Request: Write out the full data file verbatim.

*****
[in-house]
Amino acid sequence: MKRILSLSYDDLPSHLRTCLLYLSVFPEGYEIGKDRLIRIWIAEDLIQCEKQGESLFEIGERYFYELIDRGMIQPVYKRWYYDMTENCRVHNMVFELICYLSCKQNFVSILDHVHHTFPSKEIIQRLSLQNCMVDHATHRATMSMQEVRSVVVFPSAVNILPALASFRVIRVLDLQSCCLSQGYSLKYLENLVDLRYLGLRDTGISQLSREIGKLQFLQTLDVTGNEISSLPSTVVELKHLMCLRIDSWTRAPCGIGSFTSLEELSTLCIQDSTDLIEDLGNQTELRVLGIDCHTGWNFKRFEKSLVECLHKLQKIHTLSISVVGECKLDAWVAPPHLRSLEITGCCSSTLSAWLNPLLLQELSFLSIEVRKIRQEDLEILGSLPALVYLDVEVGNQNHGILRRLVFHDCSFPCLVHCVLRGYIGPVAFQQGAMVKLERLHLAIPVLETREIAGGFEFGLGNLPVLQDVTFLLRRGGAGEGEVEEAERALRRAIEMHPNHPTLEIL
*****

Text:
[in-house]
Amino acid sequence: MKRILSLSYDDLPSHLRTCLLYLSVFPEGYEIGKDRLIRIWIAEDLIQCEKQGESLFEIGERYFYELIDRGMIQPVYKRWYYDMTENCRVHNMVFELICYLSCKQNFVSILDHVHHTFPSKEIIQRLSLQNCMVDHATHRATMSMQEVRSVVVFPSAVNILPALASFRVIRVLDLQSCCLSQGYSLKYLENLVDLRYLGLRDTGISQLSREIGKLQFLQTLDVTGNEISSLPSTVVELKHLMCLRIDSWTRAPCGIGSFTSLEELSTLCIQDSTDLIEDLGNQTELRVLGIDCHTGWNFKRFEKSLVECLHKLQKIHTLSISVVGECKLDAWVAPPHLRSLEITGCCSSTLSAWLNPLLLQELSFLSIEVRKIRQEDLEILGSLPALVYLDVEVGNQNHGILRRLVFHDCSFPCLVHCVLRGYIGPVAFQQGAMVKLERLHLAIPVLETREIAGGFEFGLGNLPVLQDVTFLLRRGGAGEGEVEEAERALRRAIEMHPNHPTLEIL